One solution to this problem is to use thinner paper. However, thinner paper often jams in copiers and other image transfer machines.

In the 1970s, the Xerox Corporation introduced a paper known as micro-spheres that was made up of paper or plastic miniature spheres for the purpose of reducing the overall weight of the paper for reduction in mailing costs. This paper had the normal thickness of copier paper and worked well in copiers and printers without jamming, and further had the benefit of reduced mailing costs by virtue of its light weight. This paper is no longer used or manufactured today, but the technology exists for making it.

Therefore, the need exists for a method of forming an imaged paper, wherein the imaged paper has a reduced thickness.

EP-A-0343794 discloses a method and an apparatus for producing printed matter having a high degree of gloss, rub-resistance, water-resistance and resistance to contamination. Web-fed printed matter or a web-fed printing paper is coated with a coating agent for roll press working and subjected to hot roll press working while in the state of a web

U.S. Patent No. 3,933,547 discloses a method of forming a thermoplastic resin article having a pattern durably described on a surface thereof which comprises impressing a pattern with inks or colors on the surface of a thermoplsatic resin article, said surface having a fine interconnected open-cell structure and heating under pressure the pattern-bearing surface to a temperature above the melting point of said thermoplastic resin so as to cover the pattern-bearing surface with a thin film layer of resin formed from the original surface layer resin of the article.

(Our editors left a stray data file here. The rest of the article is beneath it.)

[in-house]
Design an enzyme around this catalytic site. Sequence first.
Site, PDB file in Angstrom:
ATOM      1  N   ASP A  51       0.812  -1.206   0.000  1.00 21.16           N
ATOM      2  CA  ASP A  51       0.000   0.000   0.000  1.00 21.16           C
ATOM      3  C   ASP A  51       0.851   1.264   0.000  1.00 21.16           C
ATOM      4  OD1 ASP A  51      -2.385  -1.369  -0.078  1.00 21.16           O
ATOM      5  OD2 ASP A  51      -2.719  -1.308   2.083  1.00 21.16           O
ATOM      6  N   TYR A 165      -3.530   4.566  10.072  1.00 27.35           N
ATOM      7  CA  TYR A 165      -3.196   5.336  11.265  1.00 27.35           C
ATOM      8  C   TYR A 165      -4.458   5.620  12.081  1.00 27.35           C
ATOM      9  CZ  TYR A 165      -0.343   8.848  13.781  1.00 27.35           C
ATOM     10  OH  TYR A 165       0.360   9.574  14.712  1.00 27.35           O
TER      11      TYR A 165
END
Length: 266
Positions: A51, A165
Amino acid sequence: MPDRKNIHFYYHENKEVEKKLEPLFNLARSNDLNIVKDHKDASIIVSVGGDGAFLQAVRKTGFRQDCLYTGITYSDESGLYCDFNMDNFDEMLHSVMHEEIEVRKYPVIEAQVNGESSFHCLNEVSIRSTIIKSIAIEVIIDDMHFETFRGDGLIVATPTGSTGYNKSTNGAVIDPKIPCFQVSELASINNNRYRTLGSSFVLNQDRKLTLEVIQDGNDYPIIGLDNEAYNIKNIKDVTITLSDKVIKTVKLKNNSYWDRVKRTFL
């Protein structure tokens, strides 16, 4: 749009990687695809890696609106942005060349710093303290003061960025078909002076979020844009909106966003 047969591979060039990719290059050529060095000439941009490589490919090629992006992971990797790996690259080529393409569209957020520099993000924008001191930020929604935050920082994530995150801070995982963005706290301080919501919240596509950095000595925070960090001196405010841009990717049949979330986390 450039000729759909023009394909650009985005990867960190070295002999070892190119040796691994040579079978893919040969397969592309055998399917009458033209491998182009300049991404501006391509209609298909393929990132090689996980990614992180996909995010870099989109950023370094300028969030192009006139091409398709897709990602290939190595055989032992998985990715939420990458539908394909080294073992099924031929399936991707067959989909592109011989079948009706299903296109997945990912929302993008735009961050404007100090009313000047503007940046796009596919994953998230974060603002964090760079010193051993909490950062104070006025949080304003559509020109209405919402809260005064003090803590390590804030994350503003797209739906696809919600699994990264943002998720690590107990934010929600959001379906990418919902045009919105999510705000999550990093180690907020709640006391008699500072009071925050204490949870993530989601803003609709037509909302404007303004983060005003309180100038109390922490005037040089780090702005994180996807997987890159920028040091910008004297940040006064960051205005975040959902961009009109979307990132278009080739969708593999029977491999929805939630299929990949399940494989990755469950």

Summary of the Invention

The present invention relates to methods of increasing the density and decreasing the thickness of a collapsible paper substrate after it acquires an image, as defined in the accompanying claims. The image may be acquired by any of a variety of mechanisms such as a printer. The imaged substrate is then subjected to a sufficient compressive force to decrease the thickness of the substrate without altering the image.

Brief Description of the Drawings